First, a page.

Corinne: So, I understand that you were working in the summer doing outreach to incoming students, how would you describe this generation’s interest and engagement in being involved in AA issues?


Abby: The new generation is way more “woke” than I ever was or will be, I have mentees that are freshman now, and they are teaching me way more than I could teach them about what’s happening in the world. They’re super involved. They’re running up to me to ask me questions or asking me how to get involved, the majority of them versus back when I was a freshman barely anyone would come to the table in the AA Cultural Center.


Corinne: Why do you think that is?


Abby: I think overall in general social media has boosted awareness. There’s definitely a “woke” culture that’s really “in” right now, I hope it stays in, and I hope that going forward more people are interested in learning more about Asian Americans and their cultures.


Corinne: So, what have you gained from being involved in AA communities, either on-campus or even more in Chicagoland.


Abby: When I came to college, I never even heard of the term “Asian American.” I’ve never heard of microaggressions or cultural appropriation, or any of that. So initially a lot of that was me learning, what being AA meant, my identity and where I fit in. After that I was able to get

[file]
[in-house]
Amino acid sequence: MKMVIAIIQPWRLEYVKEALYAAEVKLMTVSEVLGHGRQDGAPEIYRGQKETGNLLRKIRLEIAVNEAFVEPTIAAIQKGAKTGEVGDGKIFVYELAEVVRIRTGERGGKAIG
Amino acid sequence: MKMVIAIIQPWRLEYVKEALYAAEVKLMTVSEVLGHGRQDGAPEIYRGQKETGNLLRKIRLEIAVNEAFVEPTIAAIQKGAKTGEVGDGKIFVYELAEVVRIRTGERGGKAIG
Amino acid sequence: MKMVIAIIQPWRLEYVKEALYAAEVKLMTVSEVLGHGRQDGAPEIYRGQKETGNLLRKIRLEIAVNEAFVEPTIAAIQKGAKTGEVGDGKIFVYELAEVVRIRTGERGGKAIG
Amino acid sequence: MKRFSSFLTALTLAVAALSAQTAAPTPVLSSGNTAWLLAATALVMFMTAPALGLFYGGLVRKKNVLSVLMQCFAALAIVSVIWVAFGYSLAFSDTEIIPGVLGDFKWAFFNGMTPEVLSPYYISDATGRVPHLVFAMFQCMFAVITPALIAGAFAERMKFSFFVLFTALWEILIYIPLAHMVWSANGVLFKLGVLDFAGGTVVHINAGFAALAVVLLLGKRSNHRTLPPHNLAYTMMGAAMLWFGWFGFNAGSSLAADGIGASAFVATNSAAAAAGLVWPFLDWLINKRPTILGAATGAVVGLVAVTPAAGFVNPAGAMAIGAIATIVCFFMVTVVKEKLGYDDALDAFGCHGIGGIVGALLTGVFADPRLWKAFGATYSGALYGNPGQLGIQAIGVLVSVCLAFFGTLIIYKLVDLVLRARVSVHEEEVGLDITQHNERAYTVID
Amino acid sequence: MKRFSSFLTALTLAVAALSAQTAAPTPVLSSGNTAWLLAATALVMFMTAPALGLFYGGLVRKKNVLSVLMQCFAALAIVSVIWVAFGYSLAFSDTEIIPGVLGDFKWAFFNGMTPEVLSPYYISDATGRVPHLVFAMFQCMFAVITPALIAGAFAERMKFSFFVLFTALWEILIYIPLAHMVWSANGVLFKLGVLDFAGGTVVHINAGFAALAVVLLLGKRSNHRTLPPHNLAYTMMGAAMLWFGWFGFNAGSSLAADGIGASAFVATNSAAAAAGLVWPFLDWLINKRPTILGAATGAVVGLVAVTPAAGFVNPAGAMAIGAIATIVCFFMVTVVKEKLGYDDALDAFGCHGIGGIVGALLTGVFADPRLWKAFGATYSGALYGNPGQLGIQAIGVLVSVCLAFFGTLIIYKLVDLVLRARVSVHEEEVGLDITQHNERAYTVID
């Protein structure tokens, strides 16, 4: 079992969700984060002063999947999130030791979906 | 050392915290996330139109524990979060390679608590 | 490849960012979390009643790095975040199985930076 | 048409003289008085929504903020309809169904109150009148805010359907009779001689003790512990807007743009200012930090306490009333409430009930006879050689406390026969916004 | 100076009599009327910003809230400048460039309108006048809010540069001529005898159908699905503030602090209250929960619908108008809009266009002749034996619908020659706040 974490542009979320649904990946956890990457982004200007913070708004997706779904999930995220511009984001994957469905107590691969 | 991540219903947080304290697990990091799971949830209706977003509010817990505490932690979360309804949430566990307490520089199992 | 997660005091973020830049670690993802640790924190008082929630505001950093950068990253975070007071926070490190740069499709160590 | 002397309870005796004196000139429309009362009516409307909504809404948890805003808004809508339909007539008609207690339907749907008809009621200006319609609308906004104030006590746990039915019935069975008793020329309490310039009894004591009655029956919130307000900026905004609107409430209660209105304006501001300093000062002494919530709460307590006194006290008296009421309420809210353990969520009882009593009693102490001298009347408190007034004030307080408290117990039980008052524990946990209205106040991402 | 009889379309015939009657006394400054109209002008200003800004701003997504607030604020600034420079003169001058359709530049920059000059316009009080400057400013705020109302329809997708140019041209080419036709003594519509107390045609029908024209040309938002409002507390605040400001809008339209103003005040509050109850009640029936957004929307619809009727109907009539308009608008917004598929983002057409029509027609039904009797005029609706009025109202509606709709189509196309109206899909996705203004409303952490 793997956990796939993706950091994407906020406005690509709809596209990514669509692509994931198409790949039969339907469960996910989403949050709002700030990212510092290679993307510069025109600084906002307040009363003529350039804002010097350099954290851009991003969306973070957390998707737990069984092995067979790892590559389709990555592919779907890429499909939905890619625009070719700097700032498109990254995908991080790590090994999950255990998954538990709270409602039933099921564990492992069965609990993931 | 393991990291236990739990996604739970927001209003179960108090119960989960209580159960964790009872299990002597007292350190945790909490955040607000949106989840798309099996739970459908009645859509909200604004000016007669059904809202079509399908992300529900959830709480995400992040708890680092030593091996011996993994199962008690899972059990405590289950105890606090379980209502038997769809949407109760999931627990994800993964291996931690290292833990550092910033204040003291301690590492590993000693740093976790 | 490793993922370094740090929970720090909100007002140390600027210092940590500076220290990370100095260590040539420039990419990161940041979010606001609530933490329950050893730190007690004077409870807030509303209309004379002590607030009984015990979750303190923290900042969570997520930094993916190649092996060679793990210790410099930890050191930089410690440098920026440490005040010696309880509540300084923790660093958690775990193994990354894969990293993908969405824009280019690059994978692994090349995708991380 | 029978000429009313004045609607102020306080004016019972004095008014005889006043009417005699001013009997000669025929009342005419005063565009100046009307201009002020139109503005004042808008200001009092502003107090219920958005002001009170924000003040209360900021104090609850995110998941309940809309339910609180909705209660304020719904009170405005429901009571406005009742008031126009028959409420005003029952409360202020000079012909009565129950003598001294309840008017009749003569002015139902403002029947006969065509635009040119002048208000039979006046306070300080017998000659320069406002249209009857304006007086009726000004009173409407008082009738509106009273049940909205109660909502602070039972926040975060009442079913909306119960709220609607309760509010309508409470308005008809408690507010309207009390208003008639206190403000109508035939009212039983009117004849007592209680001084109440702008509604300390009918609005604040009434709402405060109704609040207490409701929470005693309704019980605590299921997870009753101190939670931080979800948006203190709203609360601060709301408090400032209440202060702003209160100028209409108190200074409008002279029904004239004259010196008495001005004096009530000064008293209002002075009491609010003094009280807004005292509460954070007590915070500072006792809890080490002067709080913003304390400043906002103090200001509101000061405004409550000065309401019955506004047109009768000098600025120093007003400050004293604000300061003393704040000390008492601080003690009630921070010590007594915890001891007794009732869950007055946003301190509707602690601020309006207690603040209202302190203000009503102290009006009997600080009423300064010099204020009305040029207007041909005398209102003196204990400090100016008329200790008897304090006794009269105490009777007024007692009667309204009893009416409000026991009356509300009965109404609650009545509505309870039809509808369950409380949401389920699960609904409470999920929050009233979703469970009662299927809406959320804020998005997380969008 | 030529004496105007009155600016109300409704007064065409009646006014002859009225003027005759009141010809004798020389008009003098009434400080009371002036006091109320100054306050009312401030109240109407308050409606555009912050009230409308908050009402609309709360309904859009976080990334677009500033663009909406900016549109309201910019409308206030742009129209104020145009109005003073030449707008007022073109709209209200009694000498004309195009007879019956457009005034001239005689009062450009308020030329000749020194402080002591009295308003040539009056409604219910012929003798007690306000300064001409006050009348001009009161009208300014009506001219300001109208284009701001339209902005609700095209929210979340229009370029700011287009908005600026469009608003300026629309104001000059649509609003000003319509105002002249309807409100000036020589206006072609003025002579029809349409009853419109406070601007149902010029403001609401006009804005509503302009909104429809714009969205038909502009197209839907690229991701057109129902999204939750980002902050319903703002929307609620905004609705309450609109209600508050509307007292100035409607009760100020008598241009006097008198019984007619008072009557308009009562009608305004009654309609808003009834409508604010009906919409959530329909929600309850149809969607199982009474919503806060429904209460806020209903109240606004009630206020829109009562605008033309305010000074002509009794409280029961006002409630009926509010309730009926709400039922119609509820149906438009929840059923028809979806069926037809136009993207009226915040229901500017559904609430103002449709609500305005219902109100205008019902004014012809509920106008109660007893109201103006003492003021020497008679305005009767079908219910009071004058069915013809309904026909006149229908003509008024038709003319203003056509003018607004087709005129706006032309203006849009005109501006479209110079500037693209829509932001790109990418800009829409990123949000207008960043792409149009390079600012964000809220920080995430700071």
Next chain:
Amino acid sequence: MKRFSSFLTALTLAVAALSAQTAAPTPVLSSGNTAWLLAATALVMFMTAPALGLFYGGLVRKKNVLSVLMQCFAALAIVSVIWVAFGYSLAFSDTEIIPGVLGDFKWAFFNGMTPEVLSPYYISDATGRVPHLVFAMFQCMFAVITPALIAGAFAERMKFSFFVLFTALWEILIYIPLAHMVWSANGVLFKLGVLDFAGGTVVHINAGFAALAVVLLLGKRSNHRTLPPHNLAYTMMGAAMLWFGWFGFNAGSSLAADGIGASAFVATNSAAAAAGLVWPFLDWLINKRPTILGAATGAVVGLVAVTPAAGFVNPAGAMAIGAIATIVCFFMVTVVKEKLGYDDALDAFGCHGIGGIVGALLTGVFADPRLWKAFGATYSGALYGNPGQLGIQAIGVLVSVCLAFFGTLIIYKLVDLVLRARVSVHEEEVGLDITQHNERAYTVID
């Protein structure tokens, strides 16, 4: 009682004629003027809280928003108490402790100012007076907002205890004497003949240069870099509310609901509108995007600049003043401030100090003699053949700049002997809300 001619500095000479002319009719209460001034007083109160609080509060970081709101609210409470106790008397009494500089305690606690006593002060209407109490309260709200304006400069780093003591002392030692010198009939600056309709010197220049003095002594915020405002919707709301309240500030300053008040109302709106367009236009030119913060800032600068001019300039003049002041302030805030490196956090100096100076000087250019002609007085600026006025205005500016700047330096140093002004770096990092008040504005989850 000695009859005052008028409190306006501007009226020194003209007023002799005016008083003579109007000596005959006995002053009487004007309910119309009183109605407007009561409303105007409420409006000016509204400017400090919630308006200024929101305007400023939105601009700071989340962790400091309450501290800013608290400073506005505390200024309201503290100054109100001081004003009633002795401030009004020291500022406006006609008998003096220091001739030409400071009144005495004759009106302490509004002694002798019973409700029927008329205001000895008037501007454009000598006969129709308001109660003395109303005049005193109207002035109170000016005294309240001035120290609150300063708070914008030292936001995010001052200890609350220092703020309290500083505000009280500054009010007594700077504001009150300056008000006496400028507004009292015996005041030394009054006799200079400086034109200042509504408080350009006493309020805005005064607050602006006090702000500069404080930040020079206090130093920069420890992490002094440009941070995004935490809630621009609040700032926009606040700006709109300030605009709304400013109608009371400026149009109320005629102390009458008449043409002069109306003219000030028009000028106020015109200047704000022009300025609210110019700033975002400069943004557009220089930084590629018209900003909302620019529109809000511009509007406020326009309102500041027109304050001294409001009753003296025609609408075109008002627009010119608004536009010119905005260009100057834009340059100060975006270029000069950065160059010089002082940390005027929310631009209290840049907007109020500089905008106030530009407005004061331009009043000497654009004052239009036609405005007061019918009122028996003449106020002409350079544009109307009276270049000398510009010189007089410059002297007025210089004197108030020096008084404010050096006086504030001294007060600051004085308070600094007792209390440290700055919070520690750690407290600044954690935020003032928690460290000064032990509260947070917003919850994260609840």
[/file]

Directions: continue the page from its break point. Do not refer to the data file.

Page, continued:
leadership. I was able to help pass on the knowledge. I was able to  help new incoming students find that same footwork, getting to where they are now and helping them too. In the greater

scheme of things, I’m able to now able to get involved in non-profit organizations and volunteer and get involved in community organizations. I think starting here on campus really helped me, helped me get better footing to be able to do that and become part of the greater AA community in Chicago.


Corinne: Why is it important for young people to be involved with their communities?


Abby: It’s empowering, and young people are the future. They’re involved now, then they can change things for the future generations for those to come. Even currently, there are many students and many AA that need different forms of help and young people are the ones that can advocate versus versus the older generations, as they have more awareness than the older generations do.